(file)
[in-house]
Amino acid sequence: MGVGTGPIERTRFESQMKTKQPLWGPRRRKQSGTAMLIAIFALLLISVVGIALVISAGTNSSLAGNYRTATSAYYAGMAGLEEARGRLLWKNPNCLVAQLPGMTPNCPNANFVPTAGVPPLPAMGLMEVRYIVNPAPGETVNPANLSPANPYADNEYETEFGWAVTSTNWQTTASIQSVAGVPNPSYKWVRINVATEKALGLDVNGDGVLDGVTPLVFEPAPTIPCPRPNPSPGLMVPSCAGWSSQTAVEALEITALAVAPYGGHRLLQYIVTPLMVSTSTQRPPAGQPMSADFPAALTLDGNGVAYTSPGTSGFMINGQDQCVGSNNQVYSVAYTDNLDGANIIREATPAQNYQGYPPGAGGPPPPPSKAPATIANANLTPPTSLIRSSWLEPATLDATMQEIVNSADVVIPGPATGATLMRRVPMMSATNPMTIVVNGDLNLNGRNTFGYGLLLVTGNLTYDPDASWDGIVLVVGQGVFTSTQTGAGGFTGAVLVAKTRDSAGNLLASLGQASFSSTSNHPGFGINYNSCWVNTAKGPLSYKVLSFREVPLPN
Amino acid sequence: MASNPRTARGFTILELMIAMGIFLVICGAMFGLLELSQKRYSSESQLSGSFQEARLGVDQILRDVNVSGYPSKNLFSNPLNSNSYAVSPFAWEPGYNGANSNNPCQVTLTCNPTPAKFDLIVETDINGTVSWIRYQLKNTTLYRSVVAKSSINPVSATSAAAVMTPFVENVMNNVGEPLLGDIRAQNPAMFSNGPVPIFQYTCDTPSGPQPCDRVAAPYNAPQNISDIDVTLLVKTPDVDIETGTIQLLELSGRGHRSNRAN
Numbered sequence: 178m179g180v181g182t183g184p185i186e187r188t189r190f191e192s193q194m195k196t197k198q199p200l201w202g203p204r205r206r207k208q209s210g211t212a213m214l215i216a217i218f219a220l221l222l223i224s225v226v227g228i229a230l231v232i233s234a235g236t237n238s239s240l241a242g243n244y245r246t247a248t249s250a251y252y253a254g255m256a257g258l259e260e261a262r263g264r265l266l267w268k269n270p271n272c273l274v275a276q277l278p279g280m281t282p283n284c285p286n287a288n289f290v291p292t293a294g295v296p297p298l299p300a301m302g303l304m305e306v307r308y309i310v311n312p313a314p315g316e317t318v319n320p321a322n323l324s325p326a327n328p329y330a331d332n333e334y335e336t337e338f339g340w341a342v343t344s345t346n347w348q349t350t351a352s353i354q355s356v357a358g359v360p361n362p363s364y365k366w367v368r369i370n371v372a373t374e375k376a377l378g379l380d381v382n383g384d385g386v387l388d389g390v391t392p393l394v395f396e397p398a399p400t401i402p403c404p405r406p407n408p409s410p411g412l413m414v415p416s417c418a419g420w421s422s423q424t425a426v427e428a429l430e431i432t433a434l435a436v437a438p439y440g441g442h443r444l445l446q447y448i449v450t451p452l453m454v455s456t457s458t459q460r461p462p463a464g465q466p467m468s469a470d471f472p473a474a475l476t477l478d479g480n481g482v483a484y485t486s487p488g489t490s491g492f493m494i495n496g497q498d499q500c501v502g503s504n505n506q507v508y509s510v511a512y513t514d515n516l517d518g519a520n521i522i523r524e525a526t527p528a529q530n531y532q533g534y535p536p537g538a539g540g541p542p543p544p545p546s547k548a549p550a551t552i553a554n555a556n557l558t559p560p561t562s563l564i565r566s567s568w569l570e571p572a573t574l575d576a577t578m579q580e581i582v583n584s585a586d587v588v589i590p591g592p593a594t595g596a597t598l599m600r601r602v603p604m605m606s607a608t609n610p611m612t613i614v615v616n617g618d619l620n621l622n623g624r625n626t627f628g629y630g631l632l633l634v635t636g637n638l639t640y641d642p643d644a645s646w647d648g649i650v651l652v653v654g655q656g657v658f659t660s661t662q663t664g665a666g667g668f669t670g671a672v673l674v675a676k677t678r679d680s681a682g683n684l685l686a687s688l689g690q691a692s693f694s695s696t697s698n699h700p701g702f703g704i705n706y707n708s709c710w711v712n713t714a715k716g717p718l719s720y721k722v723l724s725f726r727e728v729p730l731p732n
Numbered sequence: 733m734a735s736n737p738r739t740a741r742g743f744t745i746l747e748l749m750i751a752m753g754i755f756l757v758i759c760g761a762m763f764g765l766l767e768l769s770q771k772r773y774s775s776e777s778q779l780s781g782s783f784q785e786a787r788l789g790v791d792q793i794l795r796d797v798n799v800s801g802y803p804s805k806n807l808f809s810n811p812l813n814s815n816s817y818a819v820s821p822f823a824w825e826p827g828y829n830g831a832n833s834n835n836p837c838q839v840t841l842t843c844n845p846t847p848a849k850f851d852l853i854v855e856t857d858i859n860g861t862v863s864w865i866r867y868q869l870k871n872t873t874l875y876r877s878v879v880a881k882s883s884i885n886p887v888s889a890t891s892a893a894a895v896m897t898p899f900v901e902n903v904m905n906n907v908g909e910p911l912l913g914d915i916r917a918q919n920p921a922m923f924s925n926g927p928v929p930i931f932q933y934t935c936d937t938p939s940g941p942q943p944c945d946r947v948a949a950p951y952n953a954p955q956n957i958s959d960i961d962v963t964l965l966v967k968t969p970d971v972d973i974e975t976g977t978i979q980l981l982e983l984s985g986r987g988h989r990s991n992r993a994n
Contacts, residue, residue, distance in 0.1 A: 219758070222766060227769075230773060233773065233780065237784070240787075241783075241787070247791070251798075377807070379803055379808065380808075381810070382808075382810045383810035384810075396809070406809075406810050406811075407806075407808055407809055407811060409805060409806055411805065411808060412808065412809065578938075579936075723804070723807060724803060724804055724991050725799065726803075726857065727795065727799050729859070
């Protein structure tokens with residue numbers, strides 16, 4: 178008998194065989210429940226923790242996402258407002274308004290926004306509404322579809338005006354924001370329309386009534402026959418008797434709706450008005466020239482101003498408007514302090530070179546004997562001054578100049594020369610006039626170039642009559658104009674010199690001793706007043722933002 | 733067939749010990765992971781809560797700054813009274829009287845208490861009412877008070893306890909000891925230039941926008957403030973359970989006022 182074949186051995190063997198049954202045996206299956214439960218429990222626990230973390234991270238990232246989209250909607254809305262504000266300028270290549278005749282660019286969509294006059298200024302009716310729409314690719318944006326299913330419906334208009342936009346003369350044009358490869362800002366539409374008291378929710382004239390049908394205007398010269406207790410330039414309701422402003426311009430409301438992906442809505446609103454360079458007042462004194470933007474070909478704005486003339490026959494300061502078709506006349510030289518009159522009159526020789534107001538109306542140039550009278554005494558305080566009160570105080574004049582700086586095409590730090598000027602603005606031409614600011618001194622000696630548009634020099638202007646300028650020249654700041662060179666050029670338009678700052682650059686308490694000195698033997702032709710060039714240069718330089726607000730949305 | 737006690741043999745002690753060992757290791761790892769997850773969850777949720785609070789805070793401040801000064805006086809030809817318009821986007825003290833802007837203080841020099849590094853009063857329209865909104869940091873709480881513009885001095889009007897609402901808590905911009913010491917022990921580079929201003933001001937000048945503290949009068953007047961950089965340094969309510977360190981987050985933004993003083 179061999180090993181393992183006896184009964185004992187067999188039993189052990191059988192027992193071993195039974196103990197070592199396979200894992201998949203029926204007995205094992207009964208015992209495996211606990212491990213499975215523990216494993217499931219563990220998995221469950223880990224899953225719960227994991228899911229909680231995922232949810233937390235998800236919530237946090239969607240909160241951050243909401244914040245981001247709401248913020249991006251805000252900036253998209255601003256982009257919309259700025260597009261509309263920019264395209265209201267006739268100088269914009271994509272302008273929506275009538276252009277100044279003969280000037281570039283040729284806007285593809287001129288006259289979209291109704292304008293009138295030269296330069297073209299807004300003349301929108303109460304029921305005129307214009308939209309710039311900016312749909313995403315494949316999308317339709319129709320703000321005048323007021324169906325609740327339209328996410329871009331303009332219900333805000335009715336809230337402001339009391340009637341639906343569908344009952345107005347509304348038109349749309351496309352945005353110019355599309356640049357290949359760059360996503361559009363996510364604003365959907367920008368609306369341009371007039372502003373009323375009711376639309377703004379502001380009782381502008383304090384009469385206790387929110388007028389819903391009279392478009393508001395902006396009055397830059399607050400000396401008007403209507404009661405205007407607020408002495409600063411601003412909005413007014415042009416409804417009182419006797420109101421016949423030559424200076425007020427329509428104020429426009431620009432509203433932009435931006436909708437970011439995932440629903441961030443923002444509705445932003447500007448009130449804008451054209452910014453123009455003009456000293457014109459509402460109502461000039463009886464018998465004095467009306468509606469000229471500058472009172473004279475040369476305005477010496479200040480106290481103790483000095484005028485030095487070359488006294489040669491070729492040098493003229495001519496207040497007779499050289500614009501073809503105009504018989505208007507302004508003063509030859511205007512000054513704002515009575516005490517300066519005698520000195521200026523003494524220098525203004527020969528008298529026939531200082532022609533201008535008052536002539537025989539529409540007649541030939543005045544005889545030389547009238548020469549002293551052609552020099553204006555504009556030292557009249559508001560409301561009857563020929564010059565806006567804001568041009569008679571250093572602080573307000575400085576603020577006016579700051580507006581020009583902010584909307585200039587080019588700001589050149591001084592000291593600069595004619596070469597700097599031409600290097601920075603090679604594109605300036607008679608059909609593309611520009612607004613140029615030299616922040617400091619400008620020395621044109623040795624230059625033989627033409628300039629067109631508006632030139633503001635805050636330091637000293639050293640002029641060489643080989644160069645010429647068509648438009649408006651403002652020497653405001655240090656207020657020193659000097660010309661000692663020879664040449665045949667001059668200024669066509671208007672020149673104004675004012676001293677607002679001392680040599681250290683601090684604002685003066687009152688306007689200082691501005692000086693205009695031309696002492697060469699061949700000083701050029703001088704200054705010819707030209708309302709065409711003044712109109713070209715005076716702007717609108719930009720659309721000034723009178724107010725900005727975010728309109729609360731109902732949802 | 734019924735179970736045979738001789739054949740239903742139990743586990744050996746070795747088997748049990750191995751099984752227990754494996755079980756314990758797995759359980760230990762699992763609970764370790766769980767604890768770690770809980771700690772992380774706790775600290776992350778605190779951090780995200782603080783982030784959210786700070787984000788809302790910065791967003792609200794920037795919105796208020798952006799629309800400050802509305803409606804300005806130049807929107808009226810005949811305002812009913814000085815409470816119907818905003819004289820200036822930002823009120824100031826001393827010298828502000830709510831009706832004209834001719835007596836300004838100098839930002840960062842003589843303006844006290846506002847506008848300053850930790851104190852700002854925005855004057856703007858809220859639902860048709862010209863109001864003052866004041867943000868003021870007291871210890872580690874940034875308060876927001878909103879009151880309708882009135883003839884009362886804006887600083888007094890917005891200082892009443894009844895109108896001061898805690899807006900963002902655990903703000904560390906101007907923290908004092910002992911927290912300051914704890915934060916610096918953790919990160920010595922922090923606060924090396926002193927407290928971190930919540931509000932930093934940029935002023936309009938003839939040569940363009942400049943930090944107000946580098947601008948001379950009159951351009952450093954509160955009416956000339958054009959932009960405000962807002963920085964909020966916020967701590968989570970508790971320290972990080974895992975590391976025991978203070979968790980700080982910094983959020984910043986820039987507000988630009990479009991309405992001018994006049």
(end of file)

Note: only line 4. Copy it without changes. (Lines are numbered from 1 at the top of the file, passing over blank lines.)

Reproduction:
Numbered sequence: 178m179g180v181g182t183g184p185i186e187r188t189r190f191e192s193q194m195k196t197k198q199p200l201w202g203p204r205r206r207k208q209s210g211t212a213m214l215i216a217i218f219a220l221l222l223i224s225v226v227g228i229a230l231v232i233s234a235g236t237n238s239s240l241a242g243n244y245r246t247a248t249s250a251y252y253a254g255m256a257g258l259e260e261a262r263g264r265l266l267w268k269n270p271n272c273l274v275a276q277l278p279g280m281t282p283n284c285p286n287a288n289f290v291p292t293a294g295v296p297p298l299p300a301m302g303l304m305e306v307r308y309i310v311n312p313a314p315g316e317t318v319n320p321a322n323l324s325p326a327n328p329y330a331d332n333e334y335e336t337e338f339g340w341a342v343t344s345t346n347w348q349t350t351a352s353i354q355s356v357a358g359v360p361n362p363s364y365k366w367v368r369i370n371v372a373t374e375k376a377l378g379l380d381v382n383g384d385g386v387l388d389g390v391t392p393l394v395f396e397p398a399p400t401i402p403c404p405r406p407n408p409s410p411g412l413m414v415p416s417c418a419g420w421s422s423q424t425a426v427e428a429l430e431i432t433a434l435a436v437a438p439y440g441g442h443r444l445l446q447y448i449v450t451p452l453m454v455s456t457s458t459q460r461p462p463a464g465q466p467m468s469a470d471f472p473a474a475l476t477l478d479g480n481g482v483a484y485t486s487p488g489t490s491g492f493m494i495n496g497q498d499q500c501v502g503s504n505n506q507v508y509s510v511a512y513t514d515n516l517d518g519a520n521i522i523r524e525a526t527p528a529q530n531y532q533g534y535p536p537g538a539g540g541p542p543p544p545p546s547k548a549p550a551t552i553a554n555a556n557l558t559p560p561t562s563l564i565r566s567s568w569l570e571p572a573t574l575d576a577t578m579q580e581i582v583n584s585a586d587v588v589i590p591g592p593a594t595g596a597t598l599m600r601r602v603p604m605m606s607a608t609n610p611m612t613i614v615v616n617g618d619l620n621l622n623g624r625n626t627f628g629y630g631l632l633l634v635t636g637n638l639t640y641d642p643d644a645s646w647d648g649i650v651l652v653v654g655q656g657v658f659t660s661t662q663t664g665a666g667g668f669t670g671a672v673l674v675a676k677t678r679d680s681a682g683n684l685l686a687s688l689g690q691a692s693f694s695s696t697s698n699h700p701g702f703g704i705n706y707n708s709c710w711v712n713t714a715k716g717p718l719s720y721k722v723l724s725f726r727e728v729p730l731p732n